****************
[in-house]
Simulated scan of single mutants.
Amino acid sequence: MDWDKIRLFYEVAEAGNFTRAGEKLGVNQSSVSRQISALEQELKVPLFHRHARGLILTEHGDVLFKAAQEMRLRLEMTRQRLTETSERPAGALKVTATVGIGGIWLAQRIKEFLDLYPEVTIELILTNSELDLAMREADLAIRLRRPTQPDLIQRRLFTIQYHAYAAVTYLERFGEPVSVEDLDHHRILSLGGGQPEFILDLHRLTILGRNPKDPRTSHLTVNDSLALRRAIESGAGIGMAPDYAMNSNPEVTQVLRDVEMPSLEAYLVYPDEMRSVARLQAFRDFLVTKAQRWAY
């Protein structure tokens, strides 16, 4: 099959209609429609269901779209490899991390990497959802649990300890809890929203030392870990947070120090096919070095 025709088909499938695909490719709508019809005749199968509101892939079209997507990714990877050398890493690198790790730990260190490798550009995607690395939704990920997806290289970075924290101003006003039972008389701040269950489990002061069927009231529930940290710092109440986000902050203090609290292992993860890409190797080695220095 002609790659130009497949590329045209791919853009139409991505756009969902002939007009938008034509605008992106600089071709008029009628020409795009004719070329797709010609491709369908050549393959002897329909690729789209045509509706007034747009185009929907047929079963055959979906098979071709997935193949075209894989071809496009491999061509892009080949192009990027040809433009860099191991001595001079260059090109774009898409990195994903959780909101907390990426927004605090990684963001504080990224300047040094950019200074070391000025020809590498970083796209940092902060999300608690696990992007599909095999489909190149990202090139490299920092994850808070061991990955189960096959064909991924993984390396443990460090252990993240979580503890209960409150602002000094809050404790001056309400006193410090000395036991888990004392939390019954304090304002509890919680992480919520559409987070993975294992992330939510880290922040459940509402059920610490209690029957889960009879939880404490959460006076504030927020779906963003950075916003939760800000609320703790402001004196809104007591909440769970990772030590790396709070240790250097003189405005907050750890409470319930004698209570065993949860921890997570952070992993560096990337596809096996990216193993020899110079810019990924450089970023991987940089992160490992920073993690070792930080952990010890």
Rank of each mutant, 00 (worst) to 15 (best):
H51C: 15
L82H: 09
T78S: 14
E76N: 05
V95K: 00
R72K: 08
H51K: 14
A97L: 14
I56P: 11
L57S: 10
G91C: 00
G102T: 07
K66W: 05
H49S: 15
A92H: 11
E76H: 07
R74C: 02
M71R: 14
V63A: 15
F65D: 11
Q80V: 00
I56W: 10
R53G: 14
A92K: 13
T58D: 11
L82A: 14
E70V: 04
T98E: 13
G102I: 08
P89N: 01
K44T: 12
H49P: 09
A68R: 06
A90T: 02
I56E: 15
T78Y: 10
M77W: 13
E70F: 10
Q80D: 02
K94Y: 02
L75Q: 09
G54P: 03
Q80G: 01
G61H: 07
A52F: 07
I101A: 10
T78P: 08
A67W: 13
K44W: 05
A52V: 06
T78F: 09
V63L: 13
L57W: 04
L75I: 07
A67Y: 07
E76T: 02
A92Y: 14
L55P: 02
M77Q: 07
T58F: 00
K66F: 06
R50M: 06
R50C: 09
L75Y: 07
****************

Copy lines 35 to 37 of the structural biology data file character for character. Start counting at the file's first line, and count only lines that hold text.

P89N: 01
K44T: 12
H49P: 09